December 19, 2016
As is traditional following a great year for a new platform everyone is looking for the next rising star, with the intention of getting ahead of the competition and getting in on the ground floor of the next best thing.
This year has been great for Snapchat and as we have previously covered in our blog 2017 is shaping up to be huge with the launch of the Snap. Inc IPO and Spectacles on the way.
However a relatively new-comer to the social scene could be on track to take the top spot in 2017.
Houseparty is a social live-streaming app that allows up to eight people to video chat simultaneously.
I know it doesn’t sound like much, but the data paints a very different story.
Launched in November 2015 the app now has over 1 million daily active users and is still growing. Similar to Snapchat 60% of Houseparty’s user base are under 24 years old.
It is currently ranked 3rd in social app downloads and 16th overall.
The target demographic is the up and coming Generation Z or Post-Millennials, who are typically thought of as being comfortable with technology, and interacting on social media for a significant portion of their socialising.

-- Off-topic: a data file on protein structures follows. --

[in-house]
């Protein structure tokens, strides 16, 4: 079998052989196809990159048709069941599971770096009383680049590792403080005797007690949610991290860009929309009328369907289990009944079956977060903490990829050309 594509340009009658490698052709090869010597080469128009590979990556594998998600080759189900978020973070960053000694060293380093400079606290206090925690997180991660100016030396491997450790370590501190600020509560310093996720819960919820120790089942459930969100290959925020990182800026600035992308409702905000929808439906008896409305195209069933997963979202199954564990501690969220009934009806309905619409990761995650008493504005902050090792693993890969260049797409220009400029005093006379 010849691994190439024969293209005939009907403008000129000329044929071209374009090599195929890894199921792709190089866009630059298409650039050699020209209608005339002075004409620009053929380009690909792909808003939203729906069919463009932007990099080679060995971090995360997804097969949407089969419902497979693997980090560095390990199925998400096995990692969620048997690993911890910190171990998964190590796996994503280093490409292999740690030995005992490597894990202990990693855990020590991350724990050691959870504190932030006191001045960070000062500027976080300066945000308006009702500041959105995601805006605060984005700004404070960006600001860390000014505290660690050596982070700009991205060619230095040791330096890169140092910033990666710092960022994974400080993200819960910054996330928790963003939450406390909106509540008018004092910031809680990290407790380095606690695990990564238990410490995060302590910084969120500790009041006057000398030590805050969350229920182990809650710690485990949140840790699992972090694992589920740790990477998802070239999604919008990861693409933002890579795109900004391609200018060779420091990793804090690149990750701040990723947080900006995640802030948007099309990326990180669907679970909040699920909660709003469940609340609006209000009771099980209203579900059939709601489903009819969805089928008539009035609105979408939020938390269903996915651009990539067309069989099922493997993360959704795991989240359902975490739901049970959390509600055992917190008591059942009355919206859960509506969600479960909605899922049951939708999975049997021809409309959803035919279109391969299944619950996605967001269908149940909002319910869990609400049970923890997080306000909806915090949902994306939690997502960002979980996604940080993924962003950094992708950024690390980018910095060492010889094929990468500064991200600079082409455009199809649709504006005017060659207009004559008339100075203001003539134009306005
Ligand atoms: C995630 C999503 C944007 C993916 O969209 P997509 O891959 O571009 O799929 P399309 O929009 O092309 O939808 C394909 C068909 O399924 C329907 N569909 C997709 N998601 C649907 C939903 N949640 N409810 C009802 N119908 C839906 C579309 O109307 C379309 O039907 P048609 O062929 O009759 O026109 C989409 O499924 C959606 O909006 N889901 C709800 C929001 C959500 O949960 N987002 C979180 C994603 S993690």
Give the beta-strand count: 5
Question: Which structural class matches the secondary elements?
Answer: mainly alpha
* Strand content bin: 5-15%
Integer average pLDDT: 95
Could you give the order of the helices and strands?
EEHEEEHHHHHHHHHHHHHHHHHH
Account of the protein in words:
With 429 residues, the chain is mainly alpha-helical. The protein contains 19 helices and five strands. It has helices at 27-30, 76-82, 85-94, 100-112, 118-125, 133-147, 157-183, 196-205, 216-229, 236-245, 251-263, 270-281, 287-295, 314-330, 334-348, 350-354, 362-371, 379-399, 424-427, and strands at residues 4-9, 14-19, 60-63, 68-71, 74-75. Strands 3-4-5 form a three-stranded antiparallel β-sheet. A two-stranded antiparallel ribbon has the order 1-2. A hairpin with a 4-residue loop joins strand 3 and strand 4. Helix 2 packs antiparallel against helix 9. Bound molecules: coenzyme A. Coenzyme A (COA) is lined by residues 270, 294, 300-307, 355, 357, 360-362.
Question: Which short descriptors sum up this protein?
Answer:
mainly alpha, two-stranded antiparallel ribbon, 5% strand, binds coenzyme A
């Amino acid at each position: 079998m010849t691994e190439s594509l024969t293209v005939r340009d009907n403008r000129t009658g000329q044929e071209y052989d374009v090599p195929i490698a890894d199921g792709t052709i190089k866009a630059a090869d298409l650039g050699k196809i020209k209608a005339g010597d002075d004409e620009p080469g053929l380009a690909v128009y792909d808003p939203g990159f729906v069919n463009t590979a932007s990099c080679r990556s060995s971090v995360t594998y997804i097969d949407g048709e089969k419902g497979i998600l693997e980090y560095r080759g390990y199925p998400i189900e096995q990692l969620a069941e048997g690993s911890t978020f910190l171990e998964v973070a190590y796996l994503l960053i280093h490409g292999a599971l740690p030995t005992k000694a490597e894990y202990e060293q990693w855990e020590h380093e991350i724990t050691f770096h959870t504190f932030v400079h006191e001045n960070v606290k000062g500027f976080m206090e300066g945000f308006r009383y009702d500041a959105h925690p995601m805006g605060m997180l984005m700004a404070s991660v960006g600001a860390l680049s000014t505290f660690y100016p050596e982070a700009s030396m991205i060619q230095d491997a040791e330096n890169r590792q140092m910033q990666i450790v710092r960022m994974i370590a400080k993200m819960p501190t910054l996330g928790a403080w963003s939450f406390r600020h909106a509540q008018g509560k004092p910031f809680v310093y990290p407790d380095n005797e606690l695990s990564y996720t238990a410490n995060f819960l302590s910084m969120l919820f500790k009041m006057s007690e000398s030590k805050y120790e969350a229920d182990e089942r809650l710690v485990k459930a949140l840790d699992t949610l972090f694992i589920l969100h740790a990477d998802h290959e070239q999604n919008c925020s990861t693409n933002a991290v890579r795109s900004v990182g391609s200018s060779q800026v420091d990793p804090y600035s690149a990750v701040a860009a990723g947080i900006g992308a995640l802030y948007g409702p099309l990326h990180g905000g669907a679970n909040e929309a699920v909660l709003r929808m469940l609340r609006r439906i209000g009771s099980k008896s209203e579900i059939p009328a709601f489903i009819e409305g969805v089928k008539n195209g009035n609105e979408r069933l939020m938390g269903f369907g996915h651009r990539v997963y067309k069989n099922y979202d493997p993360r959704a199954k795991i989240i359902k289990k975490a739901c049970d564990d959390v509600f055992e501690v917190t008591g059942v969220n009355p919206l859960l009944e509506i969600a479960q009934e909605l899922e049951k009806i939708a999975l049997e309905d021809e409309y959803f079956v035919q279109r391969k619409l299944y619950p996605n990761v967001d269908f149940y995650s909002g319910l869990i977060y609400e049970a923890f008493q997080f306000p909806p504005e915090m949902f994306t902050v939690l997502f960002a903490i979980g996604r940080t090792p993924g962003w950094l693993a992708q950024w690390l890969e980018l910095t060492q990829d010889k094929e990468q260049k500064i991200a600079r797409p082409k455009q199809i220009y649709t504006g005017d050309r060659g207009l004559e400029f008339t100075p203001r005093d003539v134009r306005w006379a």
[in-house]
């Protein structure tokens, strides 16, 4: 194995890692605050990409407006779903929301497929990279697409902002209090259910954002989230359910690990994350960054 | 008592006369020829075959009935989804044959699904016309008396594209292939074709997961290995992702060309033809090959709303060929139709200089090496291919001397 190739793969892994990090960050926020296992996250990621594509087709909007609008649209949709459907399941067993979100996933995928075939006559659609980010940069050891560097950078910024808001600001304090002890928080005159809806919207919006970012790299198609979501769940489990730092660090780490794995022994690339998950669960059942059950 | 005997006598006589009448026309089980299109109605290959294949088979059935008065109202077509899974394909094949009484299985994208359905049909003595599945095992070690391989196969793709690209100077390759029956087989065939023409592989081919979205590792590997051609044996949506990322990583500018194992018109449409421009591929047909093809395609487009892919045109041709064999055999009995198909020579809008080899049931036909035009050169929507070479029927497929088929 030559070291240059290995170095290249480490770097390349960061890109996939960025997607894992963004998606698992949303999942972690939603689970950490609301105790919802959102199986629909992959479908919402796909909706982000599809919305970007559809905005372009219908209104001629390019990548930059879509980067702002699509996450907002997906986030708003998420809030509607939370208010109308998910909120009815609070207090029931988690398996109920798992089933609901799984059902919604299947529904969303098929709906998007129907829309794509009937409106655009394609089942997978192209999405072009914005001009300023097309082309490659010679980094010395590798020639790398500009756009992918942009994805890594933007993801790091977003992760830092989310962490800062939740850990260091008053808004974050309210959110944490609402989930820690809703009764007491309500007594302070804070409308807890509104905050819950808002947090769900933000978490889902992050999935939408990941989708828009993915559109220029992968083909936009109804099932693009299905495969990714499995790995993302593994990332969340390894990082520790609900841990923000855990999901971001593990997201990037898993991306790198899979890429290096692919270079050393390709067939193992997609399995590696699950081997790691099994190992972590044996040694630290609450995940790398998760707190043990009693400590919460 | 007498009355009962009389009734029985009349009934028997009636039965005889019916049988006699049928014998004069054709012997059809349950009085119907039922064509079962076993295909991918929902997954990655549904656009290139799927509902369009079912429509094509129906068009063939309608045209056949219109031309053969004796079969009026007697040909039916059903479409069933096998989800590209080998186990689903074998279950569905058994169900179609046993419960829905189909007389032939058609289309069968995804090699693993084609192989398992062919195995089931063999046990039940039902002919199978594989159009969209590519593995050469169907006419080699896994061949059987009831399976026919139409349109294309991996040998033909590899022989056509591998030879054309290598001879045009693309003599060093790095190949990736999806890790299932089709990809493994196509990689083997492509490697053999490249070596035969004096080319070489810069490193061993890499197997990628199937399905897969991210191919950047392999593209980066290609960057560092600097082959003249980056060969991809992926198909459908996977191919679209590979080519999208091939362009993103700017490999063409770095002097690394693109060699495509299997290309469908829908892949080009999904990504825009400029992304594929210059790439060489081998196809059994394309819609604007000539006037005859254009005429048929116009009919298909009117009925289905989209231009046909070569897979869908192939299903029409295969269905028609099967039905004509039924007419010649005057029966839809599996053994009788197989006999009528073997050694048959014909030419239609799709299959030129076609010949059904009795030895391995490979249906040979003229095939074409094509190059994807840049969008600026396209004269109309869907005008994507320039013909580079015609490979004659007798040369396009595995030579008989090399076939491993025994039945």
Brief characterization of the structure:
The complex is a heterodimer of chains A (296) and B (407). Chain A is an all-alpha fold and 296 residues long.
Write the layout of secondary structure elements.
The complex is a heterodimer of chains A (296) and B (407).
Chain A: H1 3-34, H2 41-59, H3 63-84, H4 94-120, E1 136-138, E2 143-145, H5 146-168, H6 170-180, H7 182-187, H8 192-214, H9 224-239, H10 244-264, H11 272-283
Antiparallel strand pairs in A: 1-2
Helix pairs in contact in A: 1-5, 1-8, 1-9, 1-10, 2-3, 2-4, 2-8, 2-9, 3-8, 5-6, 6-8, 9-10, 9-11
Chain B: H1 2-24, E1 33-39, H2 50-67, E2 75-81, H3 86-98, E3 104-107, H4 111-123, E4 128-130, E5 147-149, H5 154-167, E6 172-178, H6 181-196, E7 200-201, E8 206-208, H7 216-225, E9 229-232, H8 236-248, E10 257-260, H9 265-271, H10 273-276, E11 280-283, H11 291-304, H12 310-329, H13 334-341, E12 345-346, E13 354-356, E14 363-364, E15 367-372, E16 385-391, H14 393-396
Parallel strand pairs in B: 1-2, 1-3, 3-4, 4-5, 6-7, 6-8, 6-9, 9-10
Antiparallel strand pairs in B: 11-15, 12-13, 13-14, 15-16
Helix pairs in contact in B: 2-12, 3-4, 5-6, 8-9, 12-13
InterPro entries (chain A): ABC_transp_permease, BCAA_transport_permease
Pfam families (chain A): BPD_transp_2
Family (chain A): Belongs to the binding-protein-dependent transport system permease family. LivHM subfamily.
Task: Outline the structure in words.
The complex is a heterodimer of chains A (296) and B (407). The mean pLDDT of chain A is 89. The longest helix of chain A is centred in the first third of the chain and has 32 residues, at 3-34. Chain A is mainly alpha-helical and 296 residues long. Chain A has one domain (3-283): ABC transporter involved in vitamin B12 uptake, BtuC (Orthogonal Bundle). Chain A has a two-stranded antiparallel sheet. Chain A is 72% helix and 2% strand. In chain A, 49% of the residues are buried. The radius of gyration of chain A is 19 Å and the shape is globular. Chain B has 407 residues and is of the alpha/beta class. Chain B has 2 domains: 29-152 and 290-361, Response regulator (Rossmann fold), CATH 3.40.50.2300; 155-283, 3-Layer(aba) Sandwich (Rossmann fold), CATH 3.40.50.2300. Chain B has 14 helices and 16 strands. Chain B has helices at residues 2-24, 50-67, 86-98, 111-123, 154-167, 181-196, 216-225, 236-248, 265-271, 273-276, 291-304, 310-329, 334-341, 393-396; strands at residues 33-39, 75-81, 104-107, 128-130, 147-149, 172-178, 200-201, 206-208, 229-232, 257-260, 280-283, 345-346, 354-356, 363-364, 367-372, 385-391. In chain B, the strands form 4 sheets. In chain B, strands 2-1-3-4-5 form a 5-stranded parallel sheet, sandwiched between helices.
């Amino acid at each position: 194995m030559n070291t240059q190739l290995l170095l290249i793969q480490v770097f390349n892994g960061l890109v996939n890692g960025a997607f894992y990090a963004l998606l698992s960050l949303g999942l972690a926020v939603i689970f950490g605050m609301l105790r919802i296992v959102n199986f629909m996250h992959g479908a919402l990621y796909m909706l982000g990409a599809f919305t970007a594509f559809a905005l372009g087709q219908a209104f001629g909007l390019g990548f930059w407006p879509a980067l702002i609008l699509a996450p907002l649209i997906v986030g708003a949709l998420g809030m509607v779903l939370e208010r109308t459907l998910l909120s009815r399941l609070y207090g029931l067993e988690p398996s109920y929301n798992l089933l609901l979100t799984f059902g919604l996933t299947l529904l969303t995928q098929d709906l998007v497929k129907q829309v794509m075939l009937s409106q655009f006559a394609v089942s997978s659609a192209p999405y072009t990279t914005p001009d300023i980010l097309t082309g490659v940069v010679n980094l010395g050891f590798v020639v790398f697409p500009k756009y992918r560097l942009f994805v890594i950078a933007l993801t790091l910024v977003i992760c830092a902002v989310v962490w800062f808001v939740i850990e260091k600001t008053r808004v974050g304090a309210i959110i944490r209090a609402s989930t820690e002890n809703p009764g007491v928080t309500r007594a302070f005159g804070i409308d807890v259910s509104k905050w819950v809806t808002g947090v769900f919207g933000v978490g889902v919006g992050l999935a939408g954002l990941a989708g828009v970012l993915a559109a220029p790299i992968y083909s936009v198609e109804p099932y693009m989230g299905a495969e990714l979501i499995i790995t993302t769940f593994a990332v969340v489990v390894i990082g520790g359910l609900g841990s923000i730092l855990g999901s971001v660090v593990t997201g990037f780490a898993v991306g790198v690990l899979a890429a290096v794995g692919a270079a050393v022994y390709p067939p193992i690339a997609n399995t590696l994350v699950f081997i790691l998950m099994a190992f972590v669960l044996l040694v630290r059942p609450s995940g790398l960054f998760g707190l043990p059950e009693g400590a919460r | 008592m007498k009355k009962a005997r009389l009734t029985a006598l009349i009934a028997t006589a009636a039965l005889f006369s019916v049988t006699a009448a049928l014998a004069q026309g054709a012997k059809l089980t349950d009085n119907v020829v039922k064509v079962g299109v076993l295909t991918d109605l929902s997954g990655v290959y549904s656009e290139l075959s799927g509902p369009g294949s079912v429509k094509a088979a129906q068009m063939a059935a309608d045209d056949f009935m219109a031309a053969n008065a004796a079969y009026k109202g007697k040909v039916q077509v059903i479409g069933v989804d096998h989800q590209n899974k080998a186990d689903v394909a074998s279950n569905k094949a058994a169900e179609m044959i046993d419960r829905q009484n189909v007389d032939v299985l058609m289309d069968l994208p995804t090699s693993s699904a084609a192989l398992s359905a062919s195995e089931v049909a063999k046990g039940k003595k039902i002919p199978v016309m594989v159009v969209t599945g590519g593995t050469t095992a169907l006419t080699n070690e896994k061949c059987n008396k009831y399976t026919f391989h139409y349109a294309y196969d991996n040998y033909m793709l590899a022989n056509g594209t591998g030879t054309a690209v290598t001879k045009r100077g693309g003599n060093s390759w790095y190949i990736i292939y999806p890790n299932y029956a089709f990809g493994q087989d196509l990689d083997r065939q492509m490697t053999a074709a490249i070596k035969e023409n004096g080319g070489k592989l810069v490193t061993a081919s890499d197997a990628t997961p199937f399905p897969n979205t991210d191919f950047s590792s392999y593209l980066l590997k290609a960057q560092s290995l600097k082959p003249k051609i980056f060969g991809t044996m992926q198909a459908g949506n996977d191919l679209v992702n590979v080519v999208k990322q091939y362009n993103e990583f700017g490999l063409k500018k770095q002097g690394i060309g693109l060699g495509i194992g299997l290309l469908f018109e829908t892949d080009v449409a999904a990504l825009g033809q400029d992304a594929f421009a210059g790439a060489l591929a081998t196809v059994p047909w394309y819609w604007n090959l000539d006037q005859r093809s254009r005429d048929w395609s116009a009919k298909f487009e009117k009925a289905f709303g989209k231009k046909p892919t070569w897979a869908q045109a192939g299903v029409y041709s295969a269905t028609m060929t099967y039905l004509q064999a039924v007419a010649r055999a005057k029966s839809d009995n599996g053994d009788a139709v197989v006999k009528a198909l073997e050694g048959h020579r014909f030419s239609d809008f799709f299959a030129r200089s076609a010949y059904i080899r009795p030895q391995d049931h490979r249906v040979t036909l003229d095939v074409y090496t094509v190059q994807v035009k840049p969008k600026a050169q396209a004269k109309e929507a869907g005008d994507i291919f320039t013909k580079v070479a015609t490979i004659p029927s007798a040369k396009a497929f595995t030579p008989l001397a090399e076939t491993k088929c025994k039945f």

The app is made by mobile developer Life on Air, the same people who brought us Meerkat back in 2015. Built by app developer Ben Rubin, who created Meerkat only to watch almost every social network emulate or outright copy his idea by mid 2016, Houseparty has serious potential.
Unlike Meerkat, (which was all but killed off by the release of Periscope and the subsequent addition of Twitter Live video) Hopuseparty is pretty unique in that the streaming video is private rather than public facing.
While user growth and scaling up to meet demand may be top priorities at Houseparty right now, monetisation of the network may be kicking down the door and telling them to turn the music down any day now.
All that remains to be seen is will this Meerkat-pivot be the next Snapchat or the Next Vine.
***UPDATE*** Facebook update released 10 hours after this blog; Facebook now allows up to 50 people to Video chat simultaneously.
For more reading see how Sean Parker tried to resurrect his similar offering, Airtime here